Humanities are the story of human experience. Humanities help us understand the human condition. Humanities help us feel human. Humanities connect us with each other, with our shared past, and with the ideas that will help us shape a shared future in a world we inhabit together. This is CTH’s primary motivation and core belief.
This week CTLN Opinion+ had the pleasure to talk to Jason Mancini, Executive Director of Connecticut Humanities. Our topics of conversation are about the multiple channels used to tell CT rich history, the funding and granting needed to strengthen communities across Connecticut, plus their expanding digital initiatives that highlight stories about the people and history of CT.
Connecticut Humanities (CTH) is an independent, non-profit affiliate of the National Endowment for the Humanities. CTH connects people to the humanities through grants, partnerships, and collaborative programs. CTH strives to ensure the public humanities will continue to inspire storytelling, lifelong learning, informed public dialogue, and civic engagement in ways that bring together all communities and enhance the quality of life for all Connecticut’s residents.
Mancini’s goals and long-term vision are to represent all communities through civic education, literature, history, heritage, and telling the state’s hidden history. All of this is possible through granting and partnering up with several different communities and humanities organizations. “We are working with authors and community representatives to create new stories that highlight Connecticut’s diversity and stories so that we can all learn about one another.”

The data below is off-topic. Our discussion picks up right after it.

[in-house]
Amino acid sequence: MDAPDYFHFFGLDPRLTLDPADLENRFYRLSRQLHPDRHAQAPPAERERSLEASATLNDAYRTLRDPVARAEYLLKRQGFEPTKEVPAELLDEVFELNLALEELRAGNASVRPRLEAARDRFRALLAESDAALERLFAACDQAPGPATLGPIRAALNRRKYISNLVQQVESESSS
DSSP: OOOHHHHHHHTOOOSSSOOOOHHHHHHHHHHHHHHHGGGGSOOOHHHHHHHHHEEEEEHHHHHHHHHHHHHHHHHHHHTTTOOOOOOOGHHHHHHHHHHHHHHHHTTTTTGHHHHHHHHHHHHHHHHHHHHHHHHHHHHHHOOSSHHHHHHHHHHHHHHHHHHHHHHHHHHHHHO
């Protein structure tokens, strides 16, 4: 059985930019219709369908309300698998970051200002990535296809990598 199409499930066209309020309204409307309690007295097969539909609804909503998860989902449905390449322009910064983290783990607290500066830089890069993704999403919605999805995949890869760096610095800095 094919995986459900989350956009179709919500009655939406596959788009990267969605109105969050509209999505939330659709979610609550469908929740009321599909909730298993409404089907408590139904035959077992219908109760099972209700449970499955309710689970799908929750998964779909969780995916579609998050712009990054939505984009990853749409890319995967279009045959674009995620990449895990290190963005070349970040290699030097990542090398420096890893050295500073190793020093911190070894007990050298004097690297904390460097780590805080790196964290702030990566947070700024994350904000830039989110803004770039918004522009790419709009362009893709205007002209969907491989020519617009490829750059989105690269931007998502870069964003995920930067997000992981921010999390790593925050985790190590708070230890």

We spoke about their main digital initiative called TeachItCT.org. “These are short pieces of content and materials for teachers and students interested in all of our communities.” Teach It’ has seen a 59% jump in visitors from the fiscal year 2020 to 2021. It provides teachers with a curriculum of activities to bring the state’s history to their classrooms, including history focused on Indigenous people.
CTH will invest $30.7 million, money allocated by the state, to increase operating support for arts and cultural centers. It will help these organizations to get through the pandemic stronger and manage more effectively.
Lastly, Mancini mentioned that the most important resource that CT residents should know about is the funding opportunities that CT humanities have available for organizations with a mission focus on arts and humanities. CT Humanities is open to new ideas and community stories that represent all communities across Connecticut.
To learn more about CTH programs, grants, and digital initiatives, go to https://cthumanities.org
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